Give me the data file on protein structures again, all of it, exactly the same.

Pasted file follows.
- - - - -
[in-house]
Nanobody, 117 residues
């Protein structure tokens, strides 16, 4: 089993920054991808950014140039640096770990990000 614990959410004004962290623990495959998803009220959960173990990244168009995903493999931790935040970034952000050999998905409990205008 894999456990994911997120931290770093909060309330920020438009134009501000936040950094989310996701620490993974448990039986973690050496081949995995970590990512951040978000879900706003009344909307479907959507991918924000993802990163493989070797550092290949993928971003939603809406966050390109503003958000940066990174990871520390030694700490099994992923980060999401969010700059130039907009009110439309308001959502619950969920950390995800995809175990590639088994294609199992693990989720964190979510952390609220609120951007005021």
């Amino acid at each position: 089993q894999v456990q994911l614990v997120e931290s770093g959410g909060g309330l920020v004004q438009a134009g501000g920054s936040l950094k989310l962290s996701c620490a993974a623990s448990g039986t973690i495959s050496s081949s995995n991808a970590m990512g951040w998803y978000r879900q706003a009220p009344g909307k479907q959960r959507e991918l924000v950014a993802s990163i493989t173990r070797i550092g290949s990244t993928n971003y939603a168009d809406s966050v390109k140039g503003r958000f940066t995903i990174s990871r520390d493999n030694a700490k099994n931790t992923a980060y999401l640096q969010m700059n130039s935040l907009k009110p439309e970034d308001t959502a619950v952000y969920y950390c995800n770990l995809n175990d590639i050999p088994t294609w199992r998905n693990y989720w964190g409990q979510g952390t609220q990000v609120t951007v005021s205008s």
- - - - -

[in-house]
Nanobody, 117 residues
């Protein structure tokens, strides 16, 4: 089993920054991808950014140039640096770990990000 614990959410004004962290623990495959998803009220959960173990990244168009995903493999931790935040970034952000050999998905409990205008 894999456990994911997120931290770093909060309330920020438009134009501000936040950094989310996701620490993974448990039986973690050496081949995995970590990512951040978000879900706003009344909307479907959507991918924000993802990163493989070797550092290949993928971003939603809406966050390109503003958000940066990174990871520390030694700490099994992923980060999401969010700059130039907009009110439309308001959502619950969920950390995800995809175990590639088994294609199992693990989720964190979510952390609220609120951007005021």
């Amino acid at each position: 089993q894999v456990q994911l614990v997120e931290s770093g959410g909060g309330l920020v004004q438009a134009g501000g920054s936040l950094k989310l962290s996701c620490a993974a623990s448990g039986t973690i495959s050496s081949s995995n991808a970590m990512g951040w998803y978000r879900q706003a009220p009344g909307k479907q959960r959507e991918l924000v950014a993802s990163i493989t173990r070797i550092g290949s990244t993928n971003y939603a168009d809406s966050v390109k140039g503003r958000f940066t995903i990174s990871r520390d493999n030694a700490k099994n931790t992923a980060y999401l640096q969010m700059n130039s935040l907009k009110p439309e970034d308001t959502a619950v952000y969920y950390c995800n770990l995809n175990d590639i050999p088994t294609w199992r998905n693990y989720w964190g409990q979510g952390t609220q990000v609120t951007v005021s205008s």